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  5. "Faceva caldo la scorsa notteā€¦

"Faceva caldo la scorsa notte."

Translation:It was hot last night.

May 15, 2014

23 Comments


https://www.duolingo.com/profile/Lolologist

This is a specific time period, last night. Why the imperfetto and not passo prossimo?


https://www.duolingo.com/profile/tmclau4020

The imperfetto is used to express an habitual action in the past and to describe time, age, and weather in the past.

http://www.unc.edu/~achamble/imperfect.html

http://cherhale.com/2013/12/when-to-use-the-imperfect-tense-and-when-to-use-the-past-tense-in-italian/


https://www.duolingo.com/profile/lbatch

This is my question too...


https://www.duolingo.com/profile/Margaret_S

'last night' is without a start or stop point


https://www.duolingo.com/profile/duoitaliano

Can this also be "Faceva caldo la notte scorsa"?


https://www.duolingo.com/profile/mangoHero1

It can, yes. It just sounds better to say the adjective in front of the word, particularly for day/night. (Like, la prossima notte, l'ultimo giorno, etc.)


https://www.duolingo.com/profile/DanMcNeill

Most Italians would use 'stanotte' even in the past tense.


https://www.duolingo.com/profile/Jeffrey855877

Isn't "stanotte" "tonight", not "last night"?


https://www.duolingo.com/profile/SteveDaleBrown

My translation was: "It was hot last night" and I got bonked. What gives, Duo?


https://www.duolingo.com/profile/ejordan324

Not really understanding the purpose of 'la' here.


https://www.duolingo.com/profile/EdwardChamourian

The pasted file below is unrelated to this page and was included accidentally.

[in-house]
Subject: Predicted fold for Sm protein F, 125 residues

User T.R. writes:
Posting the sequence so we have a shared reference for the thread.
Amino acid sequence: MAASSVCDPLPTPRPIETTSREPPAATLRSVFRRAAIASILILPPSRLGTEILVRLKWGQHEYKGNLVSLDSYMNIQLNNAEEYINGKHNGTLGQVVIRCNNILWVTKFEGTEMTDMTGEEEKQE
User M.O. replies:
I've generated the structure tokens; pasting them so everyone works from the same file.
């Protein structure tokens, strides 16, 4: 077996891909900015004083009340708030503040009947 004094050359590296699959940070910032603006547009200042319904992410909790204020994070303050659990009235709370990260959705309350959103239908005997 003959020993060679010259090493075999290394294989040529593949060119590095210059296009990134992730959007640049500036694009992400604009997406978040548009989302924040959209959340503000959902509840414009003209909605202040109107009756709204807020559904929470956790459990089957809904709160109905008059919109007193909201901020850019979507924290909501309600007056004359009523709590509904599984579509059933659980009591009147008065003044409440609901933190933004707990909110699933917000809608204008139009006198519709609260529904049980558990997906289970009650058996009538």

instead of "last night" think of it as "the previous night."


https://www.duolingo.com/profile/01nick1988

Lots of nouns in Italian seem to need the definite article - while it's not needed in the English translation I've been told in these comments before that you'd sound unusual without it


https://www.duolingo.com/profile/Margaret_S

notte is a feminine noun


https://www.duolingo.com/profile/jarrettsmith

"He was hot last night" no good?


https://www.duolingo.com/profile/federicosa54

No because in italian "faceva" regards the weather and not a person .


https://www.duolingo.com/profile/missyjane_t

Thank you for explaining that! How would you say "He was hot last night?"


https://www.duolingo.com/profile/joseph.abr

He was hot last night = (Lui) aveva caldo la scorsa notte.


https://www.duolingo.com/profile/mowog

But the hint says he/she/it


https://www.duolingo.com/profile/JennaHO

It is he/she/it when the word is used elsewhere. Here, it refers to the weather and the weather is not usually known as he or she.


https://www.duolingo.com/profile/mangoHero1

Correct. Fa caldo or fa freddo is always used in terms of weather to say it's hot or cold.


https://www.duolingo.com/profile/LRE8AhIb

The sound has stopped working so I had to guess at this one!


https://www.duolingo.com/profile/Carol47070

I thought I answered correctly


https://www.duolingo.com/profile/egregor1

Could we use 'era' instead of 'faceva'

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